The Moldovan capital really is a strange place. In a way, the city is nice because of its laid back atmosphere and cozy parks. But on the other hand, Chişinău doens't have any sights and isn't a touristic destination at all. Almost all buildings in Chişinău are uninspiring concrete monsters dating from the Soviet period. The city doesn't really have a cozy centre like other European cities have and because we visited Moldova in february, the city and its inhabitants looked rather grim.
However, staying in Moldova was a nice experience for a couple of reasons . First of all, we found a very cheap hotel and discovered that food and other expenses are quite cheap compared to Romania. The hotel were we stayed is a huge concrete Soviet building with unhelpful staff and dusty furniture, dating from the 1950s. But because of its low price and good location, we enjoyed staying there. The second thing which I liked about Moldova was the ability to practise my Russian. Lots of Moldovans speak Russian and Chişinău has quite a large Russian population. Studying Russian for over half a year already, it was a nice opportunity for me to practise. And although touristic sites in Chişinău are very rare, we did saw some nice churches and interesting buildings. Also the simple street plan made it easy to orientate around the city.
The second day in Chişinău we had lunch in the largest fast-food joint of the country, named Andy's Pizza. It is like a Moldovan counterpart to McDonalds and there are restaurants of Andy's Pizza spread out all over the city, almost at every streetcorner. The place where we went into was completely full, which is quite logical, because they serve huge pizza's for amazingly low prices. The menu consists, besides the pizza's, a large selection of vodka brands and other alcoholic drinks.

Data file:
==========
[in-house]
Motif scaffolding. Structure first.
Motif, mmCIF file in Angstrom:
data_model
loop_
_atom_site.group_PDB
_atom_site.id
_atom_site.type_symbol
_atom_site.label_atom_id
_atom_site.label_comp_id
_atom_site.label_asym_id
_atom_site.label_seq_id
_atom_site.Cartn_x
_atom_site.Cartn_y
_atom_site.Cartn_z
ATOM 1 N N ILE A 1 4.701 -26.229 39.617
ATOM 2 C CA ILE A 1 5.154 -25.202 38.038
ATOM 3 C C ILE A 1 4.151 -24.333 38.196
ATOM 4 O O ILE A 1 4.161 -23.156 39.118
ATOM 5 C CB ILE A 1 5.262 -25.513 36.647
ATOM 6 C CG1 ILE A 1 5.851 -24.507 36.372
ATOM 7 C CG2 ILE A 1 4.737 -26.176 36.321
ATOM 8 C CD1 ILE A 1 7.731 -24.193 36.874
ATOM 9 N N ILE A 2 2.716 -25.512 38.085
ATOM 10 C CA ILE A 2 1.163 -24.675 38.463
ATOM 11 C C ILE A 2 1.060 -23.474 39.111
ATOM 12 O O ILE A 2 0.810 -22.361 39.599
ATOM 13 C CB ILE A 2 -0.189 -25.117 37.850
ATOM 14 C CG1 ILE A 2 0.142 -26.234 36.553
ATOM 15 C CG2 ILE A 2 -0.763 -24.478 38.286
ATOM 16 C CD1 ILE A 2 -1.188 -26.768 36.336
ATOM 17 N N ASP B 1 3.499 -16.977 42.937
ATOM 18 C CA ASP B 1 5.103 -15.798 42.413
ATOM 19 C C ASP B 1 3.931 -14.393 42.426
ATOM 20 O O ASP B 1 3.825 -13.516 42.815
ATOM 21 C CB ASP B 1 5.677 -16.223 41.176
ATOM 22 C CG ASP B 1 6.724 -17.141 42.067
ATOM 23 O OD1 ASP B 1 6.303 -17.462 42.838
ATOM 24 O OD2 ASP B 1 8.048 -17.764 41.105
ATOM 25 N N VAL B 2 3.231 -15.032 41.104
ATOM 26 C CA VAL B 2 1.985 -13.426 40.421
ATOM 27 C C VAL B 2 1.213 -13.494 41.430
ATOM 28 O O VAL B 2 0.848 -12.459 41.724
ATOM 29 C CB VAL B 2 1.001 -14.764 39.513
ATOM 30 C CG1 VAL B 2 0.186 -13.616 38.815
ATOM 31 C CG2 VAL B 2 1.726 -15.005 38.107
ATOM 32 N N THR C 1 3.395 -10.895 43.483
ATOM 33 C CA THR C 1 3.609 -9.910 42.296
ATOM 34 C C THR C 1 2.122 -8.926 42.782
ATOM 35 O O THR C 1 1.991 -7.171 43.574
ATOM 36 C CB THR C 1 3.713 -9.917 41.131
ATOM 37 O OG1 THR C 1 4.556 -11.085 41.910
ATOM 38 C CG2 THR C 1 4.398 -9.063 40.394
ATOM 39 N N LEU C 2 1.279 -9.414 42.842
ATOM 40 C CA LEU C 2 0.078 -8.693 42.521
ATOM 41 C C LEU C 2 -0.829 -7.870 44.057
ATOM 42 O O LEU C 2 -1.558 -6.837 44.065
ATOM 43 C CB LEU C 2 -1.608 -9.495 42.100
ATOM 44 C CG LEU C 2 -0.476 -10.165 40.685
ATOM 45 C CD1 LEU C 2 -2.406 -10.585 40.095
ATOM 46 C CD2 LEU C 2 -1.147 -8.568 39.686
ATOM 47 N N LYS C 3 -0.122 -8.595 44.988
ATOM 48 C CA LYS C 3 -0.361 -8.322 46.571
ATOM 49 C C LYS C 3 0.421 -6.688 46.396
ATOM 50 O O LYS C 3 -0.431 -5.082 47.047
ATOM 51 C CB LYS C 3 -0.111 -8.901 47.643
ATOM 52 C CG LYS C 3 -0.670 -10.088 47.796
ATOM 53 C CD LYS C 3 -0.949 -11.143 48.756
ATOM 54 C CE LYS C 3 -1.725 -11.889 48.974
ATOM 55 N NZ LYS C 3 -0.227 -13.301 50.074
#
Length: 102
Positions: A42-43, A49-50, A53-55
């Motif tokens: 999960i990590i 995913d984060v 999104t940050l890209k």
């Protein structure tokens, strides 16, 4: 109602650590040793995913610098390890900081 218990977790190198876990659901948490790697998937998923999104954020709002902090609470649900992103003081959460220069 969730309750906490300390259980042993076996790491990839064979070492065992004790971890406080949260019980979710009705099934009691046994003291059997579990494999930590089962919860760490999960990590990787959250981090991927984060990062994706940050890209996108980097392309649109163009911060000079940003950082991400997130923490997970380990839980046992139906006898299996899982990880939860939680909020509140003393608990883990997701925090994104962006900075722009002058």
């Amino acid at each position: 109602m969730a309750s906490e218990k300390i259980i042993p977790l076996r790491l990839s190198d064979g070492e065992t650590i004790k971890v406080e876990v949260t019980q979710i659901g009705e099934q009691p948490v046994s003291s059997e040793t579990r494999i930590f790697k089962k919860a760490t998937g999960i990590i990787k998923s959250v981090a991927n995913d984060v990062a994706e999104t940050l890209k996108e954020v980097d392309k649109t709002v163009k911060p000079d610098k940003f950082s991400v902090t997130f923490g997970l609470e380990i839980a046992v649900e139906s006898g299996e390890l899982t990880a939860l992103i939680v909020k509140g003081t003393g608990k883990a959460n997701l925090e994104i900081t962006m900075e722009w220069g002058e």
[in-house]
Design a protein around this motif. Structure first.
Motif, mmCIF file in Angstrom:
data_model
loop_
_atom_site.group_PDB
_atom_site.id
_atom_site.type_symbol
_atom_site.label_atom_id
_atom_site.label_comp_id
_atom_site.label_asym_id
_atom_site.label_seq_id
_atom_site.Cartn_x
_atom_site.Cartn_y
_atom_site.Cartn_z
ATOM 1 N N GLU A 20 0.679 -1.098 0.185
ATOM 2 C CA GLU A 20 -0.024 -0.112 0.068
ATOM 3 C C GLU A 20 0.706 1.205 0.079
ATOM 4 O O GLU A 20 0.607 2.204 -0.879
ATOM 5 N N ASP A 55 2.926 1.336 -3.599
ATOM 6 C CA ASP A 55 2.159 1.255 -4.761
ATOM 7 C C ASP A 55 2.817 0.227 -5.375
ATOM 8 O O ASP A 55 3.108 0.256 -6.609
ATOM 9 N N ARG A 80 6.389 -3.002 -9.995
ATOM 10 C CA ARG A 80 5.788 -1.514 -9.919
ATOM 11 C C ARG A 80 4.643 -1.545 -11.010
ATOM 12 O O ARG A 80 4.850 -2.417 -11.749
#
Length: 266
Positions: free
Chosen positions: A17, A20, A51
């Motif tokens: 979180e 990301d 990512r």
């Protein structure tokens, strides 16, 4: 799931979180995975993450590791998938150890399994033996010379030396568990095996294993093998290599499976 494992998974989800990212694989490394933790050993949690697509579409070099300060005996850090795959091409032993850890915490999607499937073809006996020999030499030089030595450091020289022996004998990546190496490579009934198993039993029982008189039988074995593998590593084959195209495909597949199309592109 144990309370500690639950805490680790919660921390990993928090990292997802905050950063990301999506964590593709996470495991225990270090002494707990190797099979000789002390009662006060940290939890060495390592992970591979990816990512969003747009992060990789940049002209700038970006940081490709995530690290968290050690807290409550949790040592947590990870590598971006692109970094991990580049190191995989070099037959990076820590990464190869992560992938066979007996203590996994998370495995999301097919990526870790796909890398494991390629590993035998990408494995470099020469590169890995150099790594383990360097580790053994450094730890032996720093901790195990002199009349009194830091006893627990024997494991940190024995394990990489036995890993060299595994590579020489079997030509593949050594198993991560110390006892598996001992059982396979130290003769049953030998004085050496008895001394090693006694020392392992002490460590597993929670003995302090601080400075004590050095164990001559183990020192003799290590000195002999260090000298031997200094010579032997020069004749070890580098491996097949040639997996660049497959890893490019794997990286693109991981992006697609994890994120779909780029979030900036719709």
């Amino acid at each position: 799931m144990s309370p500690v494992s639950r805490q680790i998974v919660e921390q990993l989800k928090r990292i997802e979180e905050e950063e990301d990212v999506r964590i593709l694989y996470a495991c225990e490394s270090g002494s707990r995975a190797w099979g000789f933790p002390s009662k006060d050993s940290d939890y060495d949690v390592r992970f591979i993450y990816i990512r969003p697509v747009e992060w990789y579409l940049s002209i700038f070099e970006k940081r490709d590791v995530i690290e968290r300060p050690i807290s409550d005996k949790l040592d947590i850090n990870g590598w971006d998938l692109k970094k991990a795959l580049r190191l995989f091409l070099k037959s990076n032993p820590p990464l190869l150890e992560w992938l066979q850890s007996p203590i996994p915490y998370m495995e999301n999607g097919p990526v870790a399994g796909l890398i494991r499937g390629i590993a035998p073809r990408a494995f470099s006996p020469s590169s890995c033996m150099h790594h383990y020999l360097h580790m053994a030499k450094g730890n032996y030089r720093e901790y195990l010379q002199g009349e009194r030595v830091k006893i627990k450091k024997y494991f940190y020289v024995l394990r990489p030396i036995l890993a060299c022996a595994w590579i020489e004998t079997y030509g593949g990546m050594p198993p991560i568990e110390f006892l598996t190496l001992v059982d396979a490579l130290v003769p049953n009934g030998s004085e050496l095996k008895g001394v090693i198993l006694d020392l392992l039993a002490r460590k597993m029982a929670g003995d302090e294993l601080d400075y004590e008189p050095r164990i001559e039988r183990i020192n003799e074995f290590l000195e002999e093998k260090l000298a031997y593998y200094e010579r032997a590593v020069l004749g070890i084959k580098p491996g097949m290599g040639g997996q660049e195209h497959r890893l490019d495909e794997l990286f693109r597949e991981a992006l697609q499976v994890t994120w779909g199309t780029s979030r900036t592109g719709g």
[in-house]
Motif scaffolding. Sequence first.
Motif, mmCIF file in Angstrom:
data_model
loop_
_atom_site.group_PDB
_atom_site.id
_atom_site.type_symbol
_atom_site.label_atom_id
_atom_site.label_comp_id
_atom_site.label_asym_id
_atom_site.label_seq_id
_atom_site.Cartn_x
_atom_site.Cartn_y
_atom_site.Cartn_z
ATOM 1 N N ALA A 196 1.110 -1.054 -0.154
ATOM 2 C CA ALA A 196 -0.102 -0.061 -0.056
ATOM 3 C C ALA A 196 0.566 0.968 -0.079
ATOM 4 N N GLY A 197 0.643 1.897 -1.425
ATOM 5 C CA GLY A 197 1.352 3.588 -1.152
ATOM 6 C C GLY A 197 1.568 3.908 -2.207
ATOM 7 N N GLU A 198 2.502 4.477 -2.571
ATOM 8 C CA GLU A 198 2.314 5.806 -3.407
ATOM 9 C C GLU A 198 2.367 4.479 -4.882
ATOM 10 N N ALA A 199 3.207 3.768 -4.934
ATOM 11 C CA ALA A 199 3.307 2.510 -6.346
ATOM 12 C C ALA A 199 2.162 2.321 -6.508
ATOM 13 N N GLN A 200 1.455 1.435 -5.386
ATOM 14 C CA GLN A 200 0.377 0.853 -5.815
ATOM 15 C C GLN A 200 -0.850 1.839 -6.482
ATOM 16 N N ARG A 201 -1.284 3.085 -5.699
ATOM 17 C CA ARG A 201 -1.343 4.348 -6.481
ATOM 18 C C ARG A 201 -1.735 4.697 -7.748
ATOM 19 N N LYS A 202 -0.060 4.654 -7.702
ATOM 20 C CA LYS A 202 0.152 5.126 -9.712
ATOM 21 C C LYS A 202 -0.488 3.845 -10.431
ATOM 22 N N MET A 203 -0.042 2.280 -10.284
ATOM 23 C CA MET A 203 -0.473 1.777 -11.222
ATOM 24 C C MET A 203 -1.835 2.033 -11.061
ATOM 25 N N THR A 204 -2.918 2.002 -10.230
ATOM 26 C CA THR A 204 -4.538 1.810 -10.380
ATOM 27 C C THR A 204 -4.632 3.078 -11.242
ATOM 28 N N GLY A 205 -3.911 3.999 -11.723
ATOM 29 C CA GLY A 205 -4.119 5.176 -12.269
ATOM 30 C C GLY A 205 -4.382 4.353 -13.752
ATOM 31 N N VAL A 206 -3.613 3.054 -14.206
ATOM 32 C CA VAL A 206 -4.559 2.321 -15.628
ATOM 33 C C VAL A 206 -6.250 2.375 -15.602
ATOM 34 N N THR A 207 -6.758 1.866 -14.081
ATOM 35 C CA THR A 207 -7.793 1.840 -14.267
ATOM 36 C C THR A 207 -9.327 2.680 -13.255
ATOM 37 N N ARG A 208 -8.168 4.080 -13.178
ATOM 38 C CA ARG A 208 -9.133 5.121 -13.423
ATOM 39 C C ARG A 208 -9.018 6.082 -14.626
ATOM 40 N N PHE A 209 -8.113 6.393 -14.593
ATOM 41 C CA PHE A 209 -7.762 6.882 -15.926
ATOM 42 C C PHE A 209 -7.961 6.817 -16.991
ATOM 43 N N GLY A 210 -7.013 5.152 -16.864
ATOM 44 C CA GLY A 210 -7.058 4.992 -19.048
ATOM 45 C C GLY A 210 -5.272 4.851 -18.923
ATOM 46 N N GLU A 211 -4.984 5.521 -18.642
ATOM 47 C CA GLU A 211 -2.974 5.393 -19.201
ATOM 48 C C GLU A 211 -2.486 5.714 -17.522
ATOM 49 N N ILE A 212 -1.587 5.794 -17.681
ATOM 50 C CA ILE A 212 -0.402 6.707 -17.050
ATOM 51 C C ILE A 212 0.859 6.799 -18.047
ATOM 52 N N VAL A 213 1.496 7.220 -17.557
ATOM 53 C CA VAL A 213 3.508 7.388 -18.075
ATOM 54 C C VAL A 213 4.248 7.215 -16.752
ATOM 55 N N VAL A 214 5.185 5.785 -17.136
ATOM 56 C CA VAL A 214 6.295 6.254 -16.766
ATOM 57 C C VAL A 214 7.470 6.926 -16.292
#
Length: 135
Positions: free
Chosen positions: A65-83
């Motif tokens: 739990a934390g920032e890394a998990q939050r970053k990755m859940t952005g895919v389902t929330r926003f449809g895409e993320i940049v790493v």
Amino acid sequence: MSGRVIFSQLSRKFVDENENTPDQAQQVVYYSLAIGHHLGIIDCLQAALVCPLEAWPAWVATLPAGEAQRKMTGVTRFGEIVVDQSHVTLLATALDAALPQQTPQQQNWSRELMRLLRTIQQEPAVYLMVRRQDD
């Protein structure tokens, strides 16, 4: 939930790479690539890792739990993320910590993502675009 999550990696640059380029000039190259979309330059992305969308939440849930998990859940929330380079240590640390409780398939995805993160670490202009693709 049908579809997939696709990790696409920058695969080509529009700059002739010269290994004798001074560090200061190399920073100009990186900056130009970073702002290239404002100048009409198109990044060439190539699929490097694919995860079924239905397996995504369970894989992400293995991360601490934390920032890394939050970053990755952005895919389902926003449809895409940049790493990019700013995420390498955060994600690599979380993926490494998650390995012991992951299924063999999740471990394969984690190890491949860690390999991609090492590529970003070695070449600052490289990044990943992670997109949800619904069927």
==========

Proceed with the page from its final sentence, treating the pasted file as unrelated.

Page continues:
We left Chişinău on the third day, on a nighttrain back to Bucharest. Especially the ride before the Romanian border was really nice and we spended some time talking about Dutch football with a Romanian guy in the restaurant wagon. Also see the short video about the trainride below.
The bordercrossing to Romania however, was annoyingly slow. In total it took about 4 hours just at the border. One of the reasons is the changing of the carriages of the whole train. Romania uses European railway tracks, while Moldovan has Russian railway tracks, which are a bit more wide. Therefore, the whole train had to be lifted so that all the carriages could be changed.
The morning after, we arrived in Bucharest and walked towards the city centre for some breakfast and a bus to the airport. We catched our flight back to Dortmund and travelled back home by train.
Reflecting back on this journey, I would say that I like Romania more, as it is much more beautiful than Moldova. Our visit to Moldova however, was really interesting and I am also glad I visited that tiny country. One other highlight of our visit was the amazing weather. I expected heavy snow and february-like temperatures, but it was totally the opposite. Nice sunny days with a comfortable temperature between 15 and 20 degrees Celcius.

Sunday, March 16, 2008

Short journey to the country of gypsies and Dracula

In the last week of february, I set of for a 10 day journey through Romania and Moldova. Although usually I travel solo, this time I went together with a friend from Wijk bij Duurstede (its the place where I live), Jurjen. We decided to travel to Romania mostly out of interest in the Eastern Balkan, but secondly because of the cheap flying possiblity. We booked a returnflight from Dortmund (Germany) to Bucharest with an el-cheapo flightcompany called Wizz-air.